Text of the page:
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Articles / Applying to College / How to Start a Community Service Project

How to Start a Community Service Project

Sally Rubenstone
Written by Sally Rubenstone | Nov. 7, 2007

Question: I understand that college application people like service projects, especially ones that students start themselves. I live in the Southeast, in a small town, so there aren't many opportunities. How do I start a service project on my own?

Admission officials are always pleased to see that students have given time to others, but, frankly, "community service" has become such an application imperative that it doesn't carry the clout that it used to. Thus, I advise students to take on projects that genuinely engage them and not merely those that they feel might "look good" on paper. If nothing comes to mind, your time might be better spent working at the Waffle House or Piggly Wiggly (which looks good on applications, too!)

Starting a project by yourself just takes a bit of imagination. It could involve other teens, participants from a range of age groups, or it could be something you do entirely on your own. What do you enjoy? What are your talents? I recently asked this question of a high school junior girl, and she said that she has fun making playlists for her friends on their computers so that they can download the songs on their iPods, burn CD's, or simply listen to their favorite music at home, right on the computer. So I thought of my mother, who is 83. She has a computer and keeps in touch with her friends via e-mail, but--beyond that--her tech skills are almost nonexistent. She likes music, but many of the CD's she owns include only a couple songs that she especially loves.

So, I suggested that this student might want to start a Playlist Project. She could offer to make playlists for area seniors or shut-ins, enabling those with computers to easily access all of their favorite music. She could even burn CD's for them, as well.

Never mind the playlists, even teaching senior citizens how to get around a computer would be a huge favor, too. Many, like my mother, have only the most rudimentary knowledge and would appreciate learning how to do a Google search or to spend their kids' inheritance on eBay. :-)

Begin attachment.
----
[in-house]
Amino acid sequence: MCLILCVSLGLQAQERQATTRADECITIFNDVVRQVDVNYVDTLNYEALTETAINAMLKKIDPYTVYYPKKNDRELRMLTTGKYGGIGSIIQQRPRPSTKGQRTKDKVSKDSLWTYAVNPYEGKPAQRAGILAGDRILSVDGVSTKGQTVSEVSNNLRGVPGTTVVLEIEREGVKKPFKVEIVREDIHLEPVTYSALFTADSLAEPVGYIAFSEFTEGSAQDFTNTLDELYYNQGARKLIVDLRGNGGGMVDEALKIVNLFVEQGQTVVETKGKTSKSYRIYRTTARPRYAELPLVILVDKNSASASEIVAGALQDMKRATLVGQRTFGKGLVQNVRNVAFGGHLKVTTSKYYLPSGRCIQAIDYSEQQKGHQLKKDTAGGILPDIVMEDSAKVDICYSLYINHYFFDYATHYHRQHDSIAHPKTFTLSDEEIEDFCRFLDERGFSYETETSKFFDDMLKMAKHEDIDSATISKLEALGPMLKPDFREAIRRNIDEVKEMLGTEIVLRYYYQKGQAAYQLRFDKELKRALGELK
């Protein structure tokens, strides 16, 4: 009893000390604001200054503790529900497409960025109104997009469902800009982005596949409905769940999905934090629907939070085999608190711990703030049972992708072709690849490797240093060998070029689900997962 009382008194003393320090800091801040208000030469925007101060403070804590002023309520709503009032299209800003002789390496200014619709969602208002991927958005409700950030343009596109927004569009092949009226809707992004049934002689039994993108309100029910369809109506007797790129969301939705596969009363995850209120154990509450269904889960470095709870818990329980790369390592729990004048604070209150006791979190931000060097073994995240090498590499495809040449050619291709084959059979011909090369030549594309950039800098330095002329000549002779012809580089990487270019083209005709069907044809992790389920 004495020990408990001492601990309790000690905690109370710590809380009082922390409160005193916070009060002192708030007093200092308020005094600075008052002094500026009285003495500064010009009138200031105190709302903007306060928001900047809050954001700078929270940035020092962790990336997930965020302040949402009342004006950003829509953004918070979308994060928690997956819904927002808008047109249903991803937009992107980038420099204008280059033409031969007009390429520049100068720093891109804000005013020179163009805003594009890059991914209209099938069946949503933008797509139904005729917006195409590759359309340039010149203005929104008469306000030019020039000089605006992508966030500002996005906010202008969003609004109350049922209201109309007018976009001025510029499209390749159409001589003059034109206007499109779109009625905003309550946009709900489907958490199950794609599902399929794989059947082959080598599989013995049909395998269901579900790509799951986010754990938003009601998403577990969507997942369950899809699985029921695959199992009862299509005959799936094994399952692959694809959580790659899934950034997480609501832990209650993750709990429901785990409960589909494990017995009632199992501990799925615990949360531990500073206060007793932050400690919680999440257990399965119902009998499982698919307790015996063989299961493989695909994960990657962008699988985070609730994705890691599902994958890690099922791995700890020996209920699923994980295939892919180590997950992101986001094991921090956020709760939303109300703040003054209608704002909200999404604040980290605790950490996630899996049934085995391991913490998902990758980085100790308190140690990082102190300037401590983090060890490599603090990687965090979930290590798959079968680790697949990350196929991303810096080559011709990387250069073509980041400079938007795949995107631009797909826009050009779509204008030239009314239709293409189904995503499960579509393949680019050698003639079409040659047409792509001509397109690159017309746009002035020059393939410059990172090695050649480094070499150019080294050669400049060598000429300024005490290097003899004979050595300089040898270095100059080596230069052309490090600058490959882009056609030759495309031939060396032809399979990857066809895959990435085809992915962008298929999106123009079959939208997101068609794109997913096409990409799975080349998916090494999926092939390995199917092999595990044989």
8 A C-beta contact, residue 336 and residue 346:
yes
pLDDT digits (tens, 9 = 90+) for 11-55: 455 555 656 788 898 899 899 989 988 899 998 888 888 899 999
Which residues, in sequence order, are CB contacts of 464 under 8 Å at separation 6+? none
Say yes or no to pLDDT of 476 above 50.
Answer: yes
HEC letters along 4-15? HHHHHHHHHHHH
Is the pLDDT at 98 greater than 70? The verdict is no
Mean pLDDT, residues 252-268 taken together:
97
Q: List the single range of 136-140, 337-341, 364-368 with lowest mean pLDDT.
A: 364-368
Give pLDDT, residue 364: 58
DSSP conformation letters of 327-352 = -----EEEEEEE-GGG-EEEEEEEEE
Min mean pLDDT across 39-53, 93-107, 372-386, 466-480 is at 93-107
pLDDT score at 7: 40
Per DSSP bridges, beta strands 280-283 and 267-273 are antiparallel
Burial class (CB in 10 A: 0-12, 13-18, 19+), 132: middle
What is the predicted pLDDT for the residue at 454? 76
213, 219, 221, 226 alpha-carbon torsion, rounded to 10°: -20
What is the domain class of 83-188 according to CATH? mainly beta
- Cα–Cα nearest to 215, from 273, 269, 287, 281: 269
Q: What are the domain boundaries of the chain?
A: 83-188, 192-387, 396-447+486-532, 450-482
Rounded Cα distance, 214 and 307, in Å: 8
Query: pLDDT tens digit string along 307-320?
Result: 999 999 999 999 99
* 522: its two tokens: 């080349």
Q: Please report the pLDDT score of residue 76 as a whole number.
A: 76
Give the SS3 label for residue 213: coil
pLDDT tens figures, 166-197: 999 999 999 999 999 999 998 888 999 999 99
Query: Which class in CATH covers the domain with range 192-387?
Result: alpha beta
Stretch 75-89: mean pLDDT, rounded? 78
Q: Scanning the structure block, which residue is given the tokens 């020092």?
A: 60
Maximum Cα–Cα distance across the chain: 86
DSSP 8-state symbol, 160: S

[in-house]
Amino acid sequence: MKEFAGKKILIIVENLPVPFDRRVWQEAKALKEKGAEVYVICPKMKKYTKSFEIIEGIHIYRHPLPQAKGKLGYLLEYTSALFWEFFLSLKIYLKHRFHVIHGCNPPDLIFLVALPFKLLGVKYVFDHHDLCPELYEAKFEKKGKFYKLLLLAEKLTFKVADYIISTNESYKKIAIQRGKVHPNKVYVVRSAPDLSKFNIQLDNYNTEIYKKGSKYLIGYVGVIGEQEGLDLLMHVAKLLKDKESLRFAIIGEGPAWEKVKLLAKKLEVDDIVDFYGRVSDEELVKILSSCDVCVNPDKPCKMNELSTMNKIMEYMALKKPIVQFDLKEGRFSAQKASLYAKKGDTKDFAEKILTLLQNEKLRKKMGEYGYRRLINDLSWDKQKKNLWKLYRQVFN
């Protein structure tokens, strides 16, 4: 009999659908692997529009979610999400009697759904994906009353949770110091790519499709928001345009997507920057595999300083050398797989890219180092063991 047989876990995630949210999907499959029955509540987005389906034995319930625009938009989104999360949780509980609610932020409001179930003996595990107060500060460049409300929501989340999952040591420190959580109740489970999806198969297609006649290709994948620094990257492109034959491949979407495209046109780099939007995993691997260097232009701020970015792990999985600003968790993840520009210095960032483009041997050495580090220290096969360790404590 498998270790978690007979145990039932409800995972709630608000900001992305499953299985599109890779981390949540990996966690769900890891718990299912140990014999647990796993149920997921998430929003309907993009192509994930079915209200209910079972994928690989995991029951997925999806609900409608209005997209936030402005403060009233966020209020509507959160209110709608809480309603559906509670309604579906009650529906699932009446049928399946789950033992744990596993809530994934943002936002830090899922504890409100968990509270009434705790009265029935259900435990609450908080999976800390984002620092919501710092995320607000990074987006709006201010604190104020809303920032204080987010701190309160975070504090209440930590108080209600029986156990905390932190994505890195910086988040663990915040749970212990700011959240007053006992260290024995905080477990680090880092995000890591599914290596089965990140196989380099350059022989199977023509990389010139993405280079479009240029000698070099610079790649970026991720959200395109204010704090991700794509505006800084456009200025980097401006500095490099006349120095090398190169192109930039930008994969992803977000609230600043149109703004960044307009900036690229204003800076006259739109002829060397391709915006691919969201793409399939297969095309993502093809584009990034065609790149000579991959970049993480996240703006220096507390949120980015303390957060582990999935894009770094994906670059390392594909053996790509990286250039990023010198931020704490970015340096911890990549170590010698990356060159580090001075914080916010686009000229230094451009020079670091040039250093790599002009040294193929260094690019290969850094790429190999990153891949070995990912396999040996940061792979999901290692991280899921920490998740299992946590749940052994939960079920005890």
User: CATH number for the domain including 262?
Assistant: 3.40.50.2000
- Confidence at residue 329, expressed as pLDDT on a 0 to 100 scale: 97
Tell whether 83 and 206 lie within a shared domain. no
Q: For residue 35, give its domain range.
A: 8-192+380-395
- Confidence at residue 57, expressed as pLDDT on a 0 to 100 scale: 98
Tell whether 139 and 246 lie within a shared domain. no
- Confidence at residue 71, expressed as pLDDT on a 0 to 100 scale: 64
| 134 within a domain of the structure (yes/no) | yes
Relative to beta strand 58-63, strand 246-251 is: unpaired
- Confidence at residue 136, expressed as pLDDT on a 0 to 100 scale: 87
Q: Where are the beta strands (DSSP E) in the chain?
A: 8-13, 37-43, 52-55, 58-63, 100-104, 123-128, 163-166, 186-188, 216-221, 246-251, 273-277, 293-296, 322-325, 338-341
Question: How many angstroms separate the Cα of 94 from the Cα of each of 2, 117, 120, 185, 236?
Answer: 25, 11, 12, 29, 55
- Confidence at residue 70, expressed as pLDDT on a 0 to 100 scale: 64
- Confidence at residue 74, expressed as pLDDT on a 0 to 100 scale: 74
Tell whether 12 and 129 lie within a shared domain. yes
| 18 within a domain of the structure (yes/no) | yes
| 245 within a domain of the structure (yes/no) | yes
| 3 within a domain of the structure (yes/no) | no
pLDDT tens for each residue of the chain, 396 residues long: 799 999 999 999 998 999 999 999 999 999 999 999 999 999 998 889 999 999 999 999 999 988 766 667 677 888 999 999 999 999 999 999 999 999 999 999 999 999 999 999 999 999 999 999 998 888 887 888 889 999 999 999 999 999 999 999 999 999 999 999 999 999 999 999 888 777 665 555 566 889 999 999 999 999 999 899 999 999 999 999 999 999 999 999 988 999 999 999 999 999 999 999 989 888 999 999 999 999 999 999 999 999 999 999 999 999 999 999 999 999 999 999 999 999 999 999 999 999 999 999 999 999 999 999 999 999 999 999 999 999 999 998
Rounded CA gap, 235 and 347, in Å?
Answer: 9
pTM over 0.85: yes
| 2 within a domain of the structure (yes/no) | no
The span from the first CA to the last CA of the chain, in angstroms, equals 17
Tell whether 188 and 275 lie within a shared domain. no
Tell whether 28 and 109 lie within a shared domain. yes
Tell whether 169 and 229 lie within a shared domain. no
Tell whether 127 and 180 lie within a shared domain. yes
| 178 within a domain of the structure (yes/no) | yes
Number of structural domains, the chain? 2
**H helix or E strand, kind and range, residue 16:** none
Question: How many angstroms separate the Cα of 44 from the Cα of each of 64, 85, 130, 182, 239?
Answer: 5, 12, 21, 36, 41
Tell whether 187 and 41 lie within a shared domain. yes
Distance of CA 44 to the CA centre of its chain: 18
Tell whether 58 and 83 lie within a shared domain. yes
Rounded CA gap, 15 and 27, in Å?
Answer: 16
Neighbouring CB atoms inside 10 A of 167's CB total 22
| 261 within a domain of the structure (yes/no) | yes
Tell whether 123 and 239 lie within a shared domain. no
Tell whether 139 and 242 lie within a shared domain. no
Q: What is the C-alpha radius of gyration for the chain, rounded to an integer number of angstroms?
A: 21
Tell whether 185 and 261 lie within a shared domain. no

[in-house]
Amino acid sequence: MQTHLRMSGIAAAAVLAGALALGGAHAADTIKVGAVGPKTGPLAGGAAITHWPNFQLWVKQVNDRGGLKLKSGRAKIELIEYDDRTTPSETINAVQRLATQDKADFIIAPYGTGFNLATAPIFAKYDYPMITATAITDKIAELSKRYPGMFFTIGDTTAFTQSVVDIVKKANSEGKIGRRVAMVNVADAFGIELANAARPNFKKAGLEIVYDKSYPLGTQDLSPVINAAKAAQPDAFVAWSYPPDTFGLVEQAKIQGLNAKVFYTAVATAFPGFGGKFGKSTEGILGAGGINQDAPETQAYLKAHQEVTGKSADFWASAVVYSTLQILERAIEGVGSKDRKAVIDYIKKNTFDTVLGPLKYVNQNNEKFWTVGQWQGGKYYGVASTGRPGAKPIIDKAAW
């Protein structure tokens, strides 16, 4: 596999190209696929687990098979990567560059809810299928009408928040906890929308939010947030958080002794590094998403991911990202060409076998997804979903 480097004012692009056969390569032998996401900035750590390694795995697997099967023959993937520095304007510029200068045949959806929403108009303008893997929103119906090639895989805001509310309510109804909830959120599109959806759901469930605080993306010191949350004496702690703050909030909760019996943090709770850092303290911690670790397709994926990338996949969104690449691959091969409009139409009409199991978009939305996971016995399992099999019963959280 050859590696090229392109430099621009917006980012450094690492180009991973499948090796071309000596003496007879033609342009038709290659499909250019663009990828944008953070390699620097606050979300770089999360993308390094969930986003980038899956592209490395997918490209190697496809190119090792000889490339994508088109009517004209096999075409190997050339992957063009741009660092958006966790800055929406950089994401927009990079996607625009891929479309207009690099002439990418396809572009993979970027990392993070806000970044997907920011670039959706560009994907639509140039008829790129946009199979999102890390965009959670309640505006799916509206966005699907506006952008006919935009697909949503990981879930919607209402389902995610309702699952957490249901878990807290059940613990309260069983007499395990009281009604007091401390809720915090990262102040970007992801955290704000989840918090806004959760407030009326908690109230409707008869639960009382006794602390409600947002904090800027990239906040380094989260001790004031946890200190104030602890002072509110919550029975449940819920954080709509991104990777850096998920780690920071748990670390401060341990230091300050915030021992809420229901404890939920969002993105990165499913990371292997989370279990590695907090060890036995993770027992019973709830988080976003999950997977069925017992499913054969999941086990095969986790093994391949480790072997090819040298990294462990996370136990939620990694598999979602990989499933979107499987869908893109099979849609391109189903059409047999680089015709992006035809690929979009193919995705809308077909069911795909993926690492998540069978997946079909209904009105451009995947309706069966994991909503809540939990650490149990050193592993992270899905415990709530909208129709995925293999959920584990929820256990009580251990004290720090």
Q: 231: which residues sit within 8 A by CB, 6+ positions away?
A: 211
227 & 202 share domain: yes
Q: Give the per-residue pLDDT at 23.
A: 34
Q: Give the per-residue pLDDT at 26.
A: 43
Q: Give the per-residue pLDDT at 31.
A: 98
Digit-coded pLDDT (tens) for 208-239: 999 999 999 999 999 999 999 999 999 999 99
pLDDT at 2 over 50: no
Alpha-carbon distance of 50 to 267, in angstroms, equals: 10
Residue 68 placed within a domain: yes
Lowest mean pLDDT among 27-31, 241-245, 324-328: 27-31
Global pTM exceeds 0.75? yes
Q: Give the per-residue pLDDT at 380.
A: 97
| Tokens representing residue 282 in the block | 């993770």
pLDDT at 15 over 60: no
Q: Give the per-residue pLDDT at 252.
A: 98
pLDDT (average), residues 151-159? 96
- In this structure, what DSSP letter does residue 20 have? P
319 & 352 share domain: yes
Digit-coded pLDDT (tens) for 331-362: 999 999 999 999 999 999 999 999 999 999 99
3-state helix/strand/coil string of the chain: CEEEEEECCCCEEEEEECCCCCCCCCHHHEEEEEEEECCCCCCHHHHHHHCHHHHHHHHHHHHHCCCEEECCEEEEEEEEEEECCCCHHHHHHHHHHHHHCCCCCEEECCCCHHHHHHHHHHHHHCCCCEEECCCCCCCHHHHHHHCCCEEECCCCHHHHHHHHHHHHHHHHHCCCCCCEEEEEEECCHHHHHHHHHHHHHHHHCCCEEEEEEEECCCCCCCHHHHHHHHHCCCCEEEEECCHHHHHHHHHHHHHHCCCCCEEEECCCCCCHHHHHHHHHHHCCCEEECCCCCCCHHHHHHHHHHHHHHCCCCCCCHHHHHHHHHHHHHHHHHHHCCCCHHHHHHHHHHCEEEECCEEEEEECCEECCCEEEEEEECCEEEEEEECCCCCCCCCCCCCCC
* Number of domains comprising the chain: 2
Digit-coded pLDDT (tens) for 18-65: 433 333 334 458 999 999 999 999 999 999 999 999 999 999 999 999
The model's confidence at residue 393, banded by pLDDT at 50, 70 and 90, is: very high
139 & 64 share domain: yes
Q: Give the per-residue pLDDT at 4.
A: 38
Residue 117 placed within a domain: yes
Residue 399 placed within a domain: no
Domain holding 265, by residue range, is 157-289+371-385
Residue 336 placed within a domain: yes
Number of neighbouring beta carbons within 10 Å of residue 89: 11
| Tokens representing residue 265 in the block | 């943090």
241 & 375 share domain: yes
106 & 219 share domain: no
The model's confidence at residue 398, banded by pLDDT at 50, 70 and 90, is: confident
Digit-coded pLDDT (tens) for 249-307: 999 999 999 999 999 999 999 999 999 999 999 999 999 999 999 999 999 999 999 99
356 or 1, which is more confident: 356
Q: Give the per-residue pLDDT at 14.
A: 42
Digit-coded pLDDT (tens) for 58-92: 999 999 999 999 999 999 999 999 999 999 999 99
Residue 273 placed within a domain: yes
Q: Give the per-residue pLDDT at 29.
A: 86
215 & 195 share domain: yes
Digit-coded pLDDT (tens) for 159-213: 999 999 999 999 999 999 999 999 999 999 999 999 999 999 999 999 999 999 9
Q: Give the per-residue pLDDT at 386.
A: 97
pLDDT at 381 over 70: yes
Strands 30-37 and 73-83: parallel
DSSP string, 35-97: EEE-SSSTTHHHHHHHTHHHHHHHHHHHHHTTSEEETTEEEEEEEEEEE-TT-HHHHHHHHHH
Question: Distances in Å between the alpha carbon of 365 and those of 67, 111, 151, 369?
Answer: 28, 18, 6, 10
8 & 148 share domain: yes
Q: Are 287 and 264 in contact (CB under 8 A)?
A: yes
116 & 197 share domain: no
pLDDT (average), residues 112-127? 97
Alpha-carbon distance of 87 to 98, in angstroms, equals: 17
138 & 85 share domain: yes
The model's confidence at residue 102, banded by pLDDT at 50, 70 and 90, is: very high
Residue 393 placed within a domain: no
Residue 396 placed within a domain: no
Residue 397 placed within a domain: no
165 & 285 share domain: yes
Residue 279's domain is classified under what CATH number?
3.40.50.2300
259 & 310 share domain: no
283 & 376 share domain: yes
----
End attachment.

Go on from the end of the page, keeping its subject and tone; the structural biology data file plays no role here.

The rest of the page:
So that's the kind of easy-to-initiate, think-outside-the box project that might work for you. Even in your small town, there are bound to be opportunities to help others, if you are creative and keep your eyes open. You don't have to think big. Perhaps start doing something on your own, like the computer project mentioned above, and then--if it takes off--you can recruit friends or schoolmates to join in.

Anything you do to give your time to others should be a plus on your college applications, but, when admission officials spot real initiative there, as well as volunteer pursuits that have ties to other interests or experience listed elsewhere in the application, it often prompts them to shove that application a little closer to the "In" pile.

Written by

Sally Rubenstone

Sally Rubenstone

Sally Rubenstone knows the competitive and often convoluted college admission process inside out: From the first time the topic of college comes up at the dinner table until the last duffel bag is unloaded on a dorm room floor. She is the co-author of Panicked Parents' Guide to College Admissions; The Transfer Student's Guide to Changing Colleges and The International Student's Guide to Going to College in America. Sally has appeared on NBC's Today program and has been quoted in countless publications, including The New York Times, The Washington Post, USA Weekend, USA Today, U.S. News & World Report, Newsweek, People and Seventeen. Sally has viewed the admissions world from many angles: As a Smith College admission counselor for 15 years, an independent college counselor serving students from a wide range of backgrounds and the author of College Confidential's "Ask the Dean" column. She also taught language arts, social studies, study skills and test preparation in 10 schools, including American international schools in London, Paris, Geneva, Athens and Tel Aviv. As senior advisor to College Confidential since 2002, Sally has helped hundreds of students and parents navigate the college admissions maze. In 2008, she co-founded College Karma, a private college consulting firm, with her College Confidential colleague Dave Berry, and she continues to serve as a College Confidential advisor. Sally and her husband, Chris Petrides, became first-time parents in 1997 at the ripe-old age of 45. So Sally was nearly an official senior citizen when her son Jack began the college selection process, and when she was finally able to practice what she had preached for more than three decades.

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